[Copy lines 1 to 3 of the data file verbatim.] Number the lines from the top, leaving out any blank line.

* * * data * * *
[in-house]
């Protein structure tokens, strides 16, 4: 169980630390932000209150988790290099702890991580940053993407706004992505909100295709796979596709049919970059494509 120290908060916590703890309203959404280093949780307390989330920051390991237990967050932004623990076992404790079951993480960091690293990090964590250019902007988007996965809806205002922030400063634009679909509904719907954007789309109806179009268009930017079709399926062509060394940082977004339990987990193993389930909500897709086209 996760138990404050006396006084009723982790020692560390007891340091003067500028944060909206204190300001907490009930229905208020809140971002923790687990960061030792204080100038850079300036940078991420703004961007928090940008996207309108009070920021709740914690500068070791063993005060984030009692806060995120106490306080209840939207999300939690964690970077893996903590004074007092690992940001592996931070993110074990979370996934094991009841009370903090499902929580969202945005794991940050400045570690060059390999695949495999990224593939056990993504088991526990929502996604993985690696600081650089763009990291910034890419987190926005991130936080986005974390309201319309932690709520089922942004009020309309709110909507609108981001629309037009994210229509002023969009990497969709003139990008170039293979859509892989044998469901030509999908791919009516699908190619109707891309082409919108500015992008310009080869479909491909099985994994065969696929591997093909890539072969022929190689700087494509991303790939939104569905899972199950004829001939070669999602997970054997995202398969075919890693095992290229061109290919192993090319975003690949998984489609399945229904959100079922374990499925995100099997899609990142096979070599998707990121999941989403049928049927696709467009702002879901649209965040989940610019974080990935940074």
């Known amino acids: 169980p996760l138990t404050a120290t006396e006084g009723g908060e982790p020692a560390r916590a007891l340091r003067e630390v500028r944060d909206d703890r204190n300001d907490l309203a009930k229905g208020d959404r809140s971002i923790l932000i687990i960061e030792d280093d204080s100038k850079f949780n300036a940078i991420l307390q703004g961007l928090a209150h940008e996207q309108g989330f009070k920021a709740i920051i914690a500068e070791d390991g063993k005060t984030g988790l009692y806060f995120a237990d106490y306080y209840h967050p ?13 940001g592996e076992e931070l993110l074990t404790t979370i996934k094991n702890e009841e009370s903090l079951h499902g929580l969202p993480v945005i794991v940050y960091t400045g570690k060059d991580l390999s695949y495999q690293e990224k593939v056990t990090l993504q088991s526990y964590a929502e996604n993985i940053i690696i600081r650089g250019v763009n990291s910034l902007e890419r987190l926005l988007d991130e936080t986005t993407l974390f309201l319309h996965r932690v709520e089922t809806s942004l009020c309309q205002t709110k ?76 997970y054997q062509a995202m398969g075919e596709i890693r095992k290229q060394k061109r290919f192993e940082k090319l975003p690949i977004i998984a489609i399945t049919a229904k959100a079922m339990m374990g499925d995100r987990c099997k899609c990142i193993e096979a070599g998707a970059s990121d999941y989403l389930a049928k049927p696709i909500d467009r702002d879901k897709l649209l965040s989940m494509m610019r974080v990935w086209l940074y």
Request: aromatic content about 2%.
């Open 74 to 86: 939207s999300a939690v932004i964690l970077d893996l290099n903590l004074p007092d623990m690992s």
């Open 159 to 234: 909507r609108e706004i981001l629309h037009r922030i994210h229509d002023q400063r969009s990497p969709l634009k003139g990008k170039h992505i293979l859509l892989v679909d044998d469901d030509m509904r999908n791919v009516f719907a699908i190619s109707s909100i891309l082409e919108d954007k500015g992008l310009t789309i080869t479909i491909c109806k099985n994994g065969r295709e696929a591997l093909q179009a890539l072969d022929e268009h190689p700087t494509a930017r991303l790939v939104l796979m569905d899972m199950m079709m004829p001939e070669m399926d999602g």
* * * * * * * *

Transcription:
[in-house]
């Protein structure tokens, strides 16, 4: 169980630390932000209150988790290099702890991580940053993407706004992505909100295709796979596709049919970059494509 120290908060916590703890309203959404280093949780307390989330920051390991237990967050932004623990076992404790079951993480960091690293990090964590250019902007988007996965809806205002922030400063634009679909509904719907954007789309109806179009268009930017079709399926062509060394940082977004339990987990193993389930909500897709086209 996760138990404050006396006084009723982790020692560390007891340091003067500028944060909206204190300001907490009930229905208020809140971002923790687990960061030792204080100038850079300036940078991420703004961007928090940008996207309108009070920021709740914690500068070791063993005060984030009692806060995120106490306080209840939207999300939690964690970077893996903590004074007092690992940001592996931070993110074990979370996934094991009841009370903090499902929580969202945005794991940050400045570690060059390999695949495999990224593939056990993504088991526990929502996604993985690696600081650089763009990291910034890419987190926005991130936080986005974390309201319309932690709520089922942004009020309309709110909507609108981001629309037009994210229509002023969009990497969709003139990008170039293979859509892989044998469901030509999908791919009516699908190619109707891309082409919108500015992008310009080869479909491909099985994994065969696929591997093909890539072969022929190689700087494509991303790939939104569905899972199950004829001939070669999602997970054997995202398969075919890693095992290229061109290919192993090319975003690949998984489609399945229904959100079922374990499925995100099997899609990142096979070599998707990121999941989403049928049927696709467009702002879901649209965040989940610019974080990935940074």
């Known amino acids: 169980p996760l138990t404050a120290t006396e006084g009723g908060e982790p020692a560390r916590a007891l340091r003067e630390v500028r944060d909206d703890r204190n300001d907490l309203a009930k229905g208020d959404r809140s971002i923790l932000i687990i960061e030792d280093d204080s100038k850079f949780n300036a940078i991420l307390q703004g961007l928090a209150h940008e996207q309108g989330f009070k920021a709740i920051i914690a500068e070791d390991g063993k005060t984030g988790l009692y806060f995120a237990d106490y306080y209840h967050p ?13 940001g592996e076992e931070l993110l074990t404790t979370i996934k094991n702890e009841e009370s903090l079951h499902g929580l969202p993480v945005i794991v940050y960091t400045g570690k060059d991580l390999s695949y495999q690293e990224k593939v056990t990090l993504q088991s526990y964590a929502e996604n993985i940053i690696i600081r650089g250019v763009n990291s910034l902007e890419r987190l926005l988007d991130e936080t986005t993407l974390f309201l319309h996965r932690v709520e089922t809806s942004l009020c309309q205002t709110k ?76 997970y054997q062509a995202m398969g075919e596709i890693r095992k290229q060394k061109r290919f192993e940082k090319l975003p690949i977004i998984a489609i399945t049919a229904k959100a079922m339990m374990g499925d995100r987990c099997k899609c990142i193993e096979a070599g998707a970059s990121d999941y989403l389930a049928k049927p696709i909500d467009r702002d879901k897709l649209l965040s989940m494509m610019r974080v990935w086209l940074y």